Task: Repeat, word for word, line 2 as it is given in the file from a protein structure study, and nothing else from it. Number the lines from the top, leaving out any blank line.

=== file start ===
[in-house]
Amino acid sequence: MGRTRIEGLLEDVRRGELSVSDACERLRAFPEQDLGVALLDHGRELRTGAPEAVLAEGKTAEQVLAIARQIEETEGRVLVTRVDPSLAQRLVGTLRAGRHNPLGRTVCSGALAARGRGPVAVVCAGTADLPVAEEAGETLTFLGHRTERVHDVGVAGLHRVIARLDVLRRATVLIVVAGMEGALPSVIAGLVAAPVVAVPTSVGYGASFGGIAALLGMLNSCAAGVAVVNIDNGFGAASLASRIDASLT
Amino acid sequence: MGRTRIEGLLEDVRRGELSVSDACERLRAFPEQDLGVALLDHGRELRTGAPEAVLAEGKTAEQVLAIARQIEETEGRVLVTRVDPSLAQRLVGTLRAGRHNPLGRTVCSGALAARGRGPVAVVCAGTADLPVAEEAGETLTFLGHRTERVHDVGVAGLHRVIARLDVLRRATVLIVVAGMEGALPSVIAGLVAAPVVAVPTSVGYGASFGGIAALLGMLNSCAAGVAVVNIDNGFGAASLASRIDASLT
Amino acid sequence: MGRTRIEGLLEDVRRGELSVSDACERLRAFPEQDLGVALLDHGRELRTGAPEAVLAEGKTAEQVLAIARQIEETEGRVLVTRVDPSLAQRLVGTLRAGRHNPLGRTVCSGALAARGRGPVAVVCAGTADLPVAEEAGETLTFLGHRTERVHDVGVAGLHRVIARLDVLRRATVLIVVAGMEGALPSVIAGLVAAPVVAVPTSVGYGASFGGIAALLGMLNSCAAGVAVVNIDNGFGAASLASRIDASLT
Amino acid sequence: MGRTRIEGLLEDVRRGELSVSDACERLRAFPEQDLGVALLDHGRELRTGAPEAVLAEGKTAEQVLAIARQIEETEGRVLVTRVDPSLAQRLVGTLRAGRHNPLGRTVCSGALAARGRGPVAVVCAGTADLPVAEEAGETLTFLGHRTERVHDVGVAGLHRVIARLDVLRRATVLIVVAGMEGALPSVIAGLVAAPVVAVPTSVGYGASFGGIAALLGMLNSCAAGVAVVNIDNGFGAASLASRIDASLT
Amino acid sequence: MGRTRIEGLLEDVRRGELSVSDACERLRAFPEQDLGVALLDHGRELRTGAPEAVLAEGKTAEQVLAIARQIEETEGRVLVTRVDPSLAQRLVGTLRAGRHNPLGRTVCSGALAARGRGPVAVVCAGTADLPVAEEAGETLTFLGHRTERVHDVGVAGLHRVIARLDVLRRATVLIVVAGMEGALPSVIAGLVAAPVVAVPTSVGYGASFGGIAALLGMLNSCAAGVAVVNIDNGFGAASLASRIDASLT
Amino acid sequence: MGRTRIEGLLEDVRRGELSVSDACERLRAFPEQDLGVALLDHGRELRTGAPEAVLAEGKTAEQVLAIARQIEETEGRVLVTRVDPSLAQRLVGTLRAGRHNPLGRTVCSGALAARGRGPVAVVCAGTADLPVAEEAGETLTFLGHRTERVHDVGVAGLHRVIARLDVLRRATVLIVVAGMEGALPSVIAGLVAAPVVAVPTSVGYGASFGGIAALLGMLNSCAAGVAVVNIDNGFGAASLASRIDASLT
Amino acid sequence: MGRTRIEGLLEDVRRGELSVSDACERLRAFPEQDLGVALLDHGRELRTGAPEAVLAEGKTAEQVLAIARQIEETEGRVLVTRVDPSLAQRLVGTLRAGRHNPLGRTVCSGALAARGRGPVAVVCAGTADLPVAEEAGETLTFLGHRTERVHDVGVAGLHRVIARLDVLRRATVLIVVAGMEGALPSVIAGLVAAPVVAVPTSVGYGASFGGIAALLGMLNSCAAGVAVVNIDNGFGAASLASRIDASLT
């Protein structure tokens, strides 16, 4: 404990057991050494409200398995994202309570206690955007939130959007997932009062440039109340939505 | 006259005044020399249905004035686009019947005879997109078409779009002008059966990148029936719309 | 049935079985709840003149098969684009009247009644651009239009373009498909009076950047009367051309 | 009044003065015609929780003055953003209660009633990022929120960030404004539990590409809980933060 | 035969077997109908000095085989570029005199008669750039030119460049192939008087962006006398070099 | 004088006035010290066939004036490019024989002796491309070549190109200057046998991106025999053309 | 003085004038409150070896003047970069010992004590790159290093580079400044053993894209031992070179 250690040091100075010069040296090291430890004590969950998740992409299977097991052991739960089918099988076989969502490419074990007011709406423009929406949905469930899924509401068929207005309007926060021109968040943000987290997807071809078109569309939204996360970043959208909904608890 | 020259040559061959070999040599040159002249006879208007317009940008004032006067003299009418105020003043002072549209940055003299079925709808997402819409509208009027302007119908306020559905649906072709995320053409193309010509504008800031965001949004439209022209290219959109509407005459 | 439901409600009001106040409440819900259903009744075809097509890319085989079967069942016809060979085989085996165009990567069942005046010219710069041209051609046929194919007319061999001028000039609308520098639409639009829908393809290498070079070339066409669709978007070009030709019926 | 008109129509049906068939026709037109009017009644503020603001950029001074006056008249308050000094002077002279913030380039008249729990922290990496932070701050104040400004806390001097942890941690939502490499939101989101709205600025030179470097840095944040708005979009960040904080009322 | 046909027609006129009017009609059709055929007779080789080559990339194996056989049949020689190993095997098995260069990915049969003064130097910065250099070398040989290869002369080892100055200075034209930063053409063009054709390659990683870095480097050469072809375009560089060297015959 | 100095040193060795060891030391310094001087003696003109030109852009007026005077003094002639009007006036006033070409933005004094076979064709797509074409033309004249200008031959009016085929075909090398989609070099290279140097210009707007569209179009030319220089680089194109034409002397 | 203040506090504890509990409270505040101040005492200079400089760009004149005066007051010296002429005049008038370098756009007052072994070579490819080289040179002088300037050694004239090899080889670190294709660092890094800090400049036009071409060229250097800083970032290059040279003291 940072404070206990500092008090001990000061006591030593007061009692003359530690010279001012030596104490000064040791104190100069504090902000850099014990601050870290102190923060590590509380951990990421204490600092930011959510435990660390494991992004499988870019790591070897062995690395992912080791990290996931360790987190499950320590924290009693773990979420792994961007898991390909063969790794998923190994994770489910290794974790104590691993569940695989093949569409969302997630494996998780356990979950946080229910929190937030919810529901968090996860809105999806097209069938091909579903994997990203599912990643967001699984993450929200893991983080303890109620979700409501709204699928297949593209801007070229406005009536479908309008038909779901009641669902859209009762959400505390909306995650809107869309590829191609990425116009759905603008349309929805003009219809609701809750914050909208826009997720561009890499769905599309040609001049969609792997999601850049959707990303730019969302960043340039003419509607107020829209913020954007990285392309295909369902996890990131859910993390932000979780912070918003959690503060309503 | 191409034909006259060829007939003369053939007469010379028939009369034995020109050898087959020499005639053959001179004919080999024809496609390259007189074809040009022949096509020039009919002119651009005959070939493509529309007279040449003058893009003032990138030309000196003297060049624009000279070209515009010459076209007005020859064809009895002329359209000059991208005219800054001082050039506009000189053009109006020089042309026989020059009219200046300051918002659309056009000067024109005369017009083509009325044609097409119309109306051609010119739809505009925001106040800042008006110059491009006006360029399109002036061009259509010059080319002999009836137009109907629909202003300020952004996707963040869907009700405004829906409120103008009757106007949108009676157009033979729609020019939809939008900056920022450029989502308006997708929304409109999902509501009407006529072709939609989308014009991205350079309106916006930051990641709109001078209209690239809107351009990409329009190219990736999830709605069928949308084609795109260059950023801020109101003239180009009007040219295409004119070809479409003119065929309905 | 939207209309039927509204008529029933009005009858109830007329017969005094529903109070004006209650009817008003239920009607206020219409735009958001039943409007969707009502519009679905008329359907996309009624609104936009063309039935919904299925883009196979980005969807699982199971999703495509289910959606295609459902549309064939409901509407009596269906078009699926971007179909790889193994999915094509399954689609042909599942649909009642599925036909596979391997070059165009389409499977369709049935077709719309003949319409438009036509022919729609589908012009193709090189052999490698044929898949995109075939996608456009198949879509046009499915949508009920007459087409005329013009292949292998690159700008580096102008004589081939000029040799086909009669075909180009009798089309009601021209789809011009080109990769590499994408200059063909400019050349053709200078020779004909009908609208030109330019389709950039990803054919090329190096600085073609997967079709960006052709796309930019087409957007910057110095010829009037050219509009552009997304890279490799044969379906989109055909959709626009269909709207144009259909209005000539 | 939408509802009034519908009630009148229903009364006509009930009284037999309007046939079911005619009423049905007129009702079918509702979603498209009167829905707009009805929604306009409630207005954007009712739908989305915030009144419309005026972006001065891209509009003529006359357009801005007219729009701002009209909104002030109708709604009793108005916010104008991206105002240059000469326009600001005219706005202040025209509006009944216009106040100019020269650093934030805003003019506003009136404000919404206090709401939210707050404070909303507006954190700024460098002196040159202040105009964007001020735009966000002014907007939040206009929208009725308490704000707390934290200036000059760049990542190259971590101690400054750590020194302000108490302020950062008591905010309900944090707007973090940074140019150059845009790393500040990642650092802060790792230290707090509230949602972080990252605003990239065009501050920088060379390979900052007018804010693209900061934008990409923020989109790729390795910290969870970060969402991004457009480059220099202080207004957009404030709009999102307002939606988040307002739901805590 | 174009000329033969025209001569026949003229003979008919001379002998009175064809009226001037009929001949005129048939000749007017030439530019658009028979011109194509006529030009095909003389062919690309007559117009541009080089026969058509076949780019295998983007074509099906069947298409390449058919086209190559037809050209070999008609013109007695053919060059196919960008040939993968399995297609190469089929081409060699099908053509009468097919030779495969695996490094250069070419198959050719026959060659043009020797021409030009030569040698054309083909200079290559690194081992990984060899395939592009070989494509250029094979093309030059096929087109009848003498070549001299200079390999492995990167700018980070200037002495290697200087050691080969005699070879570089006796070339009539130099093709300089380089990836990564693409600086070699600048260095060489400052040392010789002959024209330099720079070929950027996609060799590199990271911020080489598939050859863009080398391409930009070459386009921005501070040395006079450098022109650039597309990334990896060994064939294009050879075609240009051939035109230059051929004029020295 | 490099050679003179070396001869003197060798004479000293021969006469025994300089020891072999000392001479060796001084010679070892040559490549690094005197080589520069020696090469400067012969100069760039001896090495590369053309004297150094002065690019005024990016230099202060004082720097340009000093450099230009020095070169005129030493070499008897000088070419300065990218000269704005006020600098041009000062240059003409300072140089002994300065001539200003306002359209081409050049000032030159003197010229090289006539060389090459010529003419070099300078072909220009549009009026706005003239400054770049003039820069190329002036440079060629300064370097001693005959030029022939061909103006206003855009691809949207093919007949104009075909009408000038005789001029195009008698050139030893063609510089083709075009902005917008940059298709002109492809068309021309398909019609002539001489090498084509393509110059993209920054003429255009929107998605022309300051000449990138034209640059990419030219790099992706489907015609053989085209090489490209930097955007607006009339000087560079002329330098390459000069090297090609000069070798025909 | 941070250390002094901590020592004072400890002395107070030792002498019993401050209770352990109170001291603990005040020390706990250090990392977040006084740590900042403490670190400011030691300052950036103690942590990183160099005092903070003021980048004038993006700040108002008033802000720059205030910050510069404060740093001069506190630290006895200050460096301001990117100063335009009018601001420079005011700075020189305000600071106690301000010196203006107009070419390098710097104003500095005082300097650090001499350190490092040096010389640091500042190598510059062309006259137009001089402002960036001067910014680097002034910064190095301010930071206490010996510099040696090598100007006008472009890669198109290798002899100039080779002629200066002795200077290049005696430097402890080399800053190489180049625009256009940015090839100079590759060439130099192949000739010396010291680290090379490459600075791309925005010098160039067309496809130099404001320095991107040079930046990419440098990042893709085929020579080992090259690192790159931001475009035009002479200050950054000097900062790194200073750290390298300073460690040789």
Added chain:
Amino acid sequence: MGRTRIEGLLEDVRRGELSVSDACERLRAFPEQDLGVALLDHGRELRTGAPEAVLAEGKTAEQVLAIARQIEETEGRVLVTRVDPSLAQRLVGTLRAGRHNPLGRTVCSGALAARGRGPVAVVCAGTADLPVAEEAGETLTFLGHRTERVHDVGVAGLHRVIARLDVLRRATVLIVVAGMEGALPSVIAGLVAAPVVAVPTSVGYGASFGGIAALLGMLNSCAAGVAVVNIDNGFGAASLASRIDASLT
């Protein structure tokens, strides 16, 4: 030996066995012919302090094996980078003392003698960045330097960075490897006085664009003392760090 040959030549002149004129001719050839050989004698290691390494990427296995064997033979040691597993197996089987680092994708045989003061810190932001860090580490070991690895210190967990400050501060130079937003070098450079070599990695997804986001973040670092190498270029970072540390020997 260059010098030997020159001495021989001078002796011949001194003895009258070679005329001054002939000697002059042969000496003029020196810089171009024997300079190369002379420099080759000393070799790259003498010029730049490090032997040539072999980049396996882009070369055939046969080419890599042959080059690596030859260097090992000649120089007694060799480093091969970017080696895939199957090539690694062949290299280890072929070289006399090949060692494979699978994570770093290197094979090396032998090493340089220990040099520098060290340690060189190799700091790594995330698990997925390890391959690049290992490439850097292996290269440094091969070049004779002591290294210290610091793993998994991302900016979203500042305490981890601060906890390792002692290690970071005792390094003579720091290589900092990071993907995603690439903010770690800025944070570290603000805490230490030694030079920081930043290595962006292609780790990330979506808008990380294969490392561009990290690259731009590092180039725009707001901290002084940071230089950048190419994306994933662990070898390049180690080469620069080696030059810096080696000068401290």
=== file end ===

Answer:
Amino acid sequence: MGRTRIEGLLEDVRRGELSVSDACERLRAFPEQDLGVALLDHGRELRTGAPEAVLAEGKTAEQVLAIARQIEETEGRVLVTRVDPSLAQRLVGTLRAGRHNPLGRTVCSGALAARGRGPVAVVCAGTADLPVAEEAGETLTFLGHRTERVHDVGVAGLHRVIARLDVLRRATVLIVVAGMEGALPSVIAGLVAAPVVAVPTSVGYGASFGGIAALLGMLNSCAAGVAVVNIDNGFGAASLASRIDASLT